This book studies the will, will-power and wilfulness, the will to death or to power, and lack of will. It surveys many texts -- from Augustine, Shakespeare, Dickens, George Eliot and D H Lawrence -- in order to analyse the history of its different concepts: rational/irrational drive, sexual appetite, or just testamentary, so asserting identity beyond death. Drawing on philosophies of the will in Schopenhauer and Nietzsche, the book studies music as the embodied will in Wagner and Verdi. Considering the law and its prohibitions as a form of the will, it sees how these produce a perverse will. Drawing on Freud and Lacan it studies interrelationships between the law which prohibits and the desire which wills, how desire creates the law, and the law desire. What stands out is that the authors studied are fascinated by the will as unknowable and irresistible, as rational and countermanding rationality, as divided and imperious force. Chapters include how wills motivate plots in Shakespeare and the Victorian novel. Discussion of opera and Nietzsche focuses on the will as an unconscious force.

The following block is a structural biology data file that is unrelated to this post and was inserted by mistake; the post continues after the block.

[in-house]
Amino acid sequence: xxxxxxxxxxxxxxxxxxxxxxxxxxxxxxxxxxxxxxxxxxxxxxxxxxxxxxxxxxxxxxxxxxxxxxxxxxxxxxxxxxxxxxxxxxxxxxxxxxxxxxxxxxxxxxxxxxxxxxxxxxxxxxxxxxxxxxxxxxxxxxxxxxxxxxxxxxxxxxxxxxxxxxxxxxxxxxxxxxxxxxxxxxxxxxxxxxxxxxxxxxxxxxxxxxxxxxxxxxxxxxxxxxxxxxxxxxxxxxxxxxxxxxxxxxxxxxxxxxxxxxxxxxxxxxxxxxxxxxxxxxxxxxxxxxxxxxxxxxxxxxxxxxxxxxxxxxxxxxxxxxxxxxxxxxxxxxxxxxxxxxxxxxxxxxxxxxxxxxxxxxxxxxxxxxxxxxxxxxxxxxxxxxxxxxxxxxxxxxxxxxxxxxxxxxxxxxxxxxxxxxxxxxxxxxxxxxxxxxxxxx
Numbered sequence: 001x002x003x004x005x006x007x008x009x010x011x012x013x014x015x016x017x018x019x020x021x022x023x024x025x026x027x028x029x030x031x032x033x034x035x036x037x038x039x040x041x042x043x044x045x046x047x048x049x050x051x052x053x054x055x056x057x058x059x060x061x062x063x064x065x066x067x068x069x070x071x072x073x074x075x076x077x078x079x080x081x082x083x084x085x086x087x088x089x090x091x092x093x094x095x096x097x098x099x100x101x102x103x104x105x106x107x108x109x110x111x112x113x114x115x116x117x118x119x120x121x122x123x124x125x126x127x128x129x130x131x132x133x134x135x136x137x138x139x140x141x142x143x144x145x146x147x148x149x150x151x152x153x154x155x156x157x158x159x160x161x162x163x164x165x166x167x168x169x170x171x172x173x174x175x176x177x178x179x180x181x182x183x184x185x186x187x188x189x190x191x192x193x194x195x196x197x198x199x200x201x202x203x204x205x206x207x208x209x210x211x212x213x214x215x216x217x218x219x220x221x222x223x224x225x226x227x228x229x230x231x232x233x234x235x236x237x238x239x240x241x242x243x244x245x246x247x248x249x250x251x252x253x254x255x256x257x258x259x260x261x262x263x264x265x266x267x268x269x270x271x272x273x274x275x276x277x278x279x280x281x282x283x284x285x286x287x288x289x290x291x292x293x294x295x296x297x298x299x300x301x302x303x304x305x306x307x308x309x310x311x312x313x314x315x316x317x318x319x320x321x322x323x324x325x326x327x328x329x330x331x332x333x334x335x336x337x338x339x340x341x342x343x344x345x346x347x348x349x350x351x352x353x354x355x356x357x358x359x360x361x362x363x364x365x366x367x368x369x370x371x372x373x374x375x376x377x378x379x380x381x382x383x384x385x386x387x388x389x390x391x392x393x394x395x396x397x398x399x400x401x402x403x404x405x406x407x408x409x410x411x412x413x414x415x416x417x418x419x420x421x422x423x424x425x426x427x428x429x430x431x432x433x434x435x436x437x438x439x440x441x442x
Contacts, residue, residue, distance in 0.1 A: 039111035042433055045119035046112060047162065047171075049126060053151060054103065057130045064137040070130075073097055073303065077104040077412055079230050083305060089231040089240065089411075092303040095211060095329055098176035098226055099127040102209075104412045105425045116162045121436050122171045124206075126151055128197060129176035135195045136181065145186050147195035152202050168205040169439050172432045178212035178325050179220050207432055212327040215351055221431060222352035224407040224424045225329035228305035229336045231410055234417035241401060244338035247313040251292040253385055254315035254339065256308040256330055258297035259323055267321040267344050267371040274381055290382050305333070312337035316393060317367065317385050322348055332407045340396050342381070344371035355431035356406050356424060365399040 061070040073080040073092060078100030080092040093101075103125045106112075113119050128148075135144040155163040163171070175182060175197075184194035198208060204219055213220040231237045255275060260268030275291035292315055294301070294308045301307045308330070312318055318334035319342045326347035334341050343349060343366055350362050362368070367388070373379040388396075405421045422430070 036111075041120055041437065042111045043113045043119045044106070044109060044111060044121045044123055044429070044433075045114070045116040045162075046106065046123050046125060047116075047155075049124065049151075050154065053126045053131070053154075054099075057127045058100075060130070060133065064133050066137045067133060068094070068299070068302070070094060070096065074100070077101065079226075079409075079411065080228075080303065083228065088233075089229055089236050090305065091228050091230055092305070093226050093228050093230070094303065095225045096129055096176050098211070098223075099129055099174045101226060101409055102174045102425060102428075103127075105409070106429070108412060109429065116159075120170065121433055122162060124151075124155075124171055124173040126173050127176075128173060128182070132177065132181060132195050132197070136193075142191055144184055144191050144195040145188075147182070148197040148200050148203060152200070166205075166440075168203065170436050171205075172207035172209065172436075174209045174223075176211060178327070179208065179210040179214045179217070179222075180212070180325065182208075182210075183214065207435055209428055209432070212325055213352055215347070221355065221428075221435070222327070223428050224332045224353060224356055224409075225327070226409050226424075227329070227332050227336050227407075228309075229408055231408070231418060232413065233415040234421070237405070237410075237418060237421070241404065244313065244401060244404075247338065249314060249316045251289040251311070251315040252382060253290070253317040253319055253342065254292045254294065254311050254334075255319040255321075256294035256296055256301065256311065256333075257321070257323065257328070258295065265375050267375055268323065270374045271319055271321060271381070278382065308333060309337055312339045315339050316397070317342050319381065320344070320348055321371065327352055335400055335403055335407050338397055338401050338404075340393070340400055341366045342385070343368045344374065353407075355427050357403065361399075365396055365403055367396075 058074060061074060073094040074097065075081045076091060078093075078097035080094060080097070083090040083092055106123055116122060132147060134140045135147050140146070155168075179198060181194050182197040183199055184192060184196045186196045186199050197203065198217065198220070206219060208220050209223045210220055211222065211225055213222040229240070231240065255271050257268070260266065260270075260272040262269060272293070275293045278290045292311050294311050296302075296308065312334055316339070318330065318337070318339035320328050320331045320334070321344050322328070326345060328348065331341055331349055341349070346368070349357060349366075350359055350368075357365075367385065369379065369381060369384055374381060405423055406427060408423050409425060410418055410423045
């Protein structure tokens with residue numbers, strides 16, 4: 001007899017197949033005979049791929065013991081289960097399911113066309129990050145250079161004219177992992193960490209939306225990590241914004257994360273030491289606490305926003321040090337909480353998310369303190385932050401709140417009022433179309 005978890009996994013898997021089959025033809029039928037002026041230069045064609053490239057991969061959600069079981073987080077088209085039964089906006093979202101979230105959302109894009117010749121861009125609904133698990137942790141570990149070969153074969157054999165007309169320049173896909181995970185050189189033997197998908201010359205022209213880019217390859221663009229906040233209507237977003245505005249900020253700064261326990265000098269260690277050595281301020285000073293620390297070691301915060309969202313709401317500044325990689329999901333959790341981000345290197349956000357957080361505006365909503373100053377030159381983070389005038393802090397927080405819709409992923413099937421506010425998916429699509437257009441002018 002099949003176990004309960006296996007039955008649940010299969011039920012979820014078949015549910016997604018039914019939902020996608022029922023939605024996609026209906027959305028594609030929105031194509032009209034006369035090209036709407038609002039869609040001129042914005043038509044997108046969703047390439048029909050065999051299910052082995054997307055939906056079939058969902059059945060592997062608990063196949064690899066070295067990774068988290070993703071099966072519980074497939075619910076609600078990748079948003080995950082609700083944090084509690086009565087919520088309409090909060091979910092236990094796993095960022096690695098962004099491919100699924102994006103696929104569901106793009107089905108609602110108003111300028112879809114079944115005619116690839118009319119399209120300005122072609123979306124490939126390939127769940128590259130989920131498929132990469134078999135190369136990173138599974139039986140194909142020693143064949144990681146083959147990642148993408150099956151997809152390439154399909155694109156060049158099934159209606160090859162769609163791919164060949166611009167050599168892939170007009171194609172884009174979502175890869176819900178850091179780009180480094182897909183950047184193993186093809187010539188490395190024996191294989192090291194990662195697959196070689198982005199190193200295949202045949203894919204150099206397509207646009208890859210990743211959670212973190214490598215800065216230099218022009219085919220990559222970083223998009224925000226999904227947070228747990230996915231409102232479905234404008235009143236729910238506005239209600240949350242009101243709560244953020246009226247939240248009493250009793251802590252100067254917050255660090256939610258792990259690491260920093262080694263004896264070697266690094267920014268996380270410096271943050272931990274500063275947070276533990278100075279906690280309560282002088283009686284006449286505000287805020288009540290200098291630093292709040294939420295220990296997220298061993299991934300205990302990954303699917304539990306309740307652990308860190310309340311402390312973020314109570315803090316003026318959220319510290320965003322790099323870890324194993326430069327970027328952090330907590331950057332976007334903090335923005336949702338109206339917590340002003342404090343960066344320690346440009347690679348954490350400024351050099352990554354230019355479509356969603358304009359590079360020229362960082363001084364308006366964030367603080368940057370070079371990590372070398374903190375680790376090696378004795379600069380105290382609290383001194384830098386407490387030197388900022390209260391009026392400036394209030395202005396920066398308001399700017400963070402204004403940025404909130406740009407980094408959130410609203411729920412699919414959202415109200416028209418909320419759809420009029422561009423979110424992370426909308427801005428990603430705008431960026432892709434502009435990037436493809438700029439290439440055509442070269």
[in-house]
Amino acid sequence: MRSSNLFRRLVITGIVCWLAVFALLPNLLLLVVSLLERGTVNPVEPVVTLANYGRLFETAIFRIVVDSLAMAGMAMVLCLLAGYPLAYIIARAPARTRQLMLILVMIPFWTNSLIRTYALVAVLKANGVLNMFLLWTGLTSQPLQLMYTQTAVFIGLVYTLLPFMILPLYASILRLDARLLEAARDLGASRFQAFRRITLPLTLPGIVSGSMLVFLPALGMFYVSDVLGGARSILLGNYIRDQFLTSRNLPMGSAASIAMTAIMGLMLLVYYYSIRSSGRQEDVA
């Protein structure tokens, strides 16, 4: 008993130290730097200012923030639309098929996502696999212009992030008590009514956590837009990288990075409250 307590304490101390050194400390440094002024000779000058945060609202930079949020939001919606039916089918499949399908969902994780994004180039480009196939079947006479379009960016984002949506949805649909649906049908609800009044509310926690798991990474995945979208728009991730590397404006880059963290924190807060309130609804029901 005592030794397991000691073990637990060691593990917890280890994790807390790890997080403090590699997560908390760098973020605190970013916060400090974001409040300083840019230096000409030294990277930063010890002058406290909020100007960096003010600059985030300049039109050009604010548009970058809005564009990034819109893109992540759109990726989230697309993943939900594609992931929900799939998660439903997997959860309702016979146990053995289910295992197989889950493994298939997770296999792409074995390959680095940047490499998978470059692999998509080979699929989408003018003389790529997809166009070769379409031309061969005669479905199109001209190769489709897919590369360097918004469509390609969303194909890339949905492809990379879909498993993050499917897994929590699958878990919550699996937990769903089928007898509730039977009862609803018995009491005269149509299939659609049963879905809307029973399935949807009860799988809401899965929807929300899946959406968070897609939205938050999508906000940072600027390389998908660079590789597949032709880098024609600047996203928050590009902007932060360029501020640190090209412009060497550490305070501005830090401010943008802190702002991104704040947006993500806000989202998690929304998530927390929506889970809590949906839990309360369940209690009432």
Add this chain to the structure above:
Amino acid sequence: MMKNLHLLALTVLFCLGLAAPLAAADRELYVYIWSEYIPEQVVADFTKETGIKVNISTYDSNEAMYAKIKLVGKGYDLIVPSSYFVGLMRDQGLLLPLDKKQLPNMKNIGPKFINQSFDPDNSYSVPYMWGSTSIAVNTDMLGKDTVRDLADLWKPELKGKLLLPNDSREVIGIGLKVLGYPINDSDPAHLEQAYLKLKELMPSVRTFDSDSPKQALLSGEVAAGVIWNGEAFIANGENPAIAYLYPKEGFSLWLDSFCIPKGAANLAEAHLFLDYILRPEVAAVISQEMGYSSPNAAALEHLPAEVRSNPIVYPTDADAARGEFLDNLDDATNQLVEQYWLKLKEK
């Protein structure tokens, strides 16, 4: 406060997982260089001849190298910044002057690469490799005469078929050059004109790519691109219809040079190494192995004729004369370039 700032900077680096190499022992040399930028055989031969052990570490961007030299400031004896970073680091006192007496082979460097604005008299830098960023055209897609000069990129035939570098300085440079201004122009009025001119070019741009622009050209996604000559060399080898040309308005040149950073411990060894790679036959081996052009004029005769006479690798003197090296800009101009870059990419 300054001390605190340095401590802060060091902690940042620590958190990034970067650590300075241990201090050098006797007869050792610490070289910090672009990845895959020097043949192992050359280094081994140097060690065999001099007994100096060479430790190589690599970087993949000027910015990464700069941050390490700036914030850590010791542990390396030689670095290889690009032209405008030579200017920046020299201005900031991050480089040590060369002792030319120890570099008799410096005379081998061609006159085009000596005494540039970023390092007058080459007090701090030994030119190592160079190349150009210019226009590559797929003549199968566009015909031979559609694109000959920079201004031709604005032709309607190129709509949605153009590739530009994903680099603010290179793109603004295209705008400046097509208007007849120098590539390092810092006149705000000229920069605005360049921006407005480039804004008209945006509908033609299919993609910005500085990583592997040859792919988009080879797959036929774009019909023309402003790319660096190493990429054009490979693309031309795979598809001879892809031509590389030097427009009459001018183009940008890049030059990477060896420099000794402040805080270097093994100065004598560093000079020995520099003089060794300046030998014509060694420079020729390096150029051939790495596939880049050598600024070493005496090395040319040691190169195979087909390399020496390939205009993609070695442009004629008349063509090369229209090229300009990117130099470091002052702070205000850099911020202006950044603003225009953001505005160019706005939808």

With sustained discussion of texts, and supporting arguments through a range of key thinkers in cultural theory, this book is indispensable for readers of literature, law, music and philosophy.
Jeremy Tambling is Professor of Literature at the University of Manchester. His most recent books are On Reading the Will: Law and Desire in Literature and Music (Sussex Academic Press 2012), and Literature and Psychoanalysis (Manchester University Press 2013).